For greasy items (like when I was rebuilding pit cushion links) use AMF's Aero Orange solvent, its a aerosol canned cleaner, worked very well to break down and clean off nasty old oil and dirt, etc. [/QUOTE]

              This is the best stuff I've ever seen. It literally melts and liquifies grease &amp; oil on contact. You would not be wasting any money trying out a can. Kind of like ZEP tank solvent in a can.

              Comment


              • #8
                Re: Pinsetter Cleaning

                The main thing is to just be consistant don't try to kill yourself the first time thur the machines....p/m is a long term continuing project just take pride in it and treat each day as a challage.

                Good luck
                Peanut
                Peanut

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                • #9
                  Re: Pinsetter Cleaning

                  I also use Castrol Super Clean... work well at 1:1 ratio. I thin it down for most general cleaning.


                  billman
                  let me be myself

                  Comment


                  • #10
                    Re: Pinsetter Cleaning

                    The center my buddy(head mech) and I work at were sadly neglected up until we came there 5 years ago. They would have at least 80-100 calls a night. Now this is just a 24 lane house. There were bungee cords and tie straps everywhere. You could just imagine the amount of filth these machines had on them. P/M, what's that!! Needless to say, getting parts were hard to come by. So it has been an uphill climb thus far. But now with majority of calls being Respots, OOR, and Deadwoods, we can now focus on P/M. As a cleaner we use a product by ZEP. Just with cleaning the backs of the machines and a little spray paint - has made even the owner pay a compliment or two.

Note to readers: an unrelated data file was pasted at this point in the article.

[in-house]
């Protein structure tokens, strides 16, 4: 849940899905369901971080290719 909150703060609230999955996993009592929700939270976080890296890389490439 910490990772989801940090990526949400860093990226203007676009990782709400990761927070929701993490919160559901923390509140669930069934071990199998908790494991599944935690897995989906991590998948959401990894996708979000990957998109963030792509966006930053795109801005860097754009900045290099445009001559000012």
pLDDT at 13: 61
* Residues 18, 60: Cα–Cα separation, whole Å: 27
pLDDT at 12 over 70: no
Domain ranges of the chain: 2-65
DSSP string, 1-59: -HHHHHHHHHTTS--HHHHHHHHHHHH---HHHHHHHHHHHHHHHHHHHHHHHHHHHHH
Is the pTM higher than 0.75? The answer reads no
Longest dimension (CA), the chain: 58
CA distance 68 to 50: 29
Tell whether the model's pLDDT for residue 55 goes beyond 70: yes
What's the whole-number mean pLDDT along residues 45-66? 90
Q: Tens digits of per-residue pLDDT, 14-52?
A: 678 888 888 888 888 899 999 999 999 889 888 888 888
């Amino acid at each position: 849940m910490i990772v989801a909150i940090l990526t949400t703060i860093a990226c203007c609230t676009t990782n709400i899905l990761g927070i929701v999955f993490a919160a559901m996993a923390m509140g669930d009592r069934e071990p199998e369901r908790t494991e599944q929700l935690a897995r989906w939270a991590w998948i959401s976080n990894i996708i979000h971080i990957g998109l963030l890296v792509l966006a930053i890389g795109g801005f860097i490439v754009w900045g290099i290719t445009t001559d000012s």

Comment


                    • #11
                      Re: Pinsetter Cleaning

                      Thanks for the info guys. Where can I locate this Castrol Super Clean or the Zep.
                      Dennis [img]/content/btubb/images/%%GRAEMLIN_URL%%/smile.gif[/img]

                      Comment


                      • #12
                        Re: Pinsetter Cleaning

                        I get super clean from True Value Hardware


                        Billman
                        let me be myself

                        Comment


                        • #13
                          Re: Pinsetter Cleaning

                          You can find super clean at Ace hardware too, and probably at several different auto parts stores.
                          <span style="font-style: italic">Sometimes it is best to use good advice from many individuals to achieve the ultimate result.</span>

                          Comment